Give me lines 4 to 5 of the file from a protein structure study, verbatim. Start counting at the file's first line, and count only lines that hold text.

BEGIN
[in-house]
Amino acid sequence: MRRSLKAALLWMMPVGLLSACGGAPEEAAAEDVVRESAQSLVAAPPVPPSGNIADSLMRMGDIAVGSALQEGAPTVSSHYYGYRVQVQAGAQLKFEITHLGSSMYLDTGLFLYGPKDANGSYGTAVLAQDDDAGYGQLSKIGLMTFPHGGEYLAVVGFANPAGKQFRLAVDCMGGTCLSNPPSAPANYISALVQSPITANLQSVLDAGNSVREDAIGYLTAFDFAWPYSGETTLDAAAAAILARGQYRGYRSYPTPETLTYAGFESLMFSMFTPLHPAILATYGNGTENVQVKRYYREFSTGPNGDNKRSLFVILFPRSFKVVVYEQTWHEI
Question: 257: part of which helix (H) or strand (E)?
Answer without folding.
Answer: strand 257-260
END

Answer without folding.
Answer: strand 257-260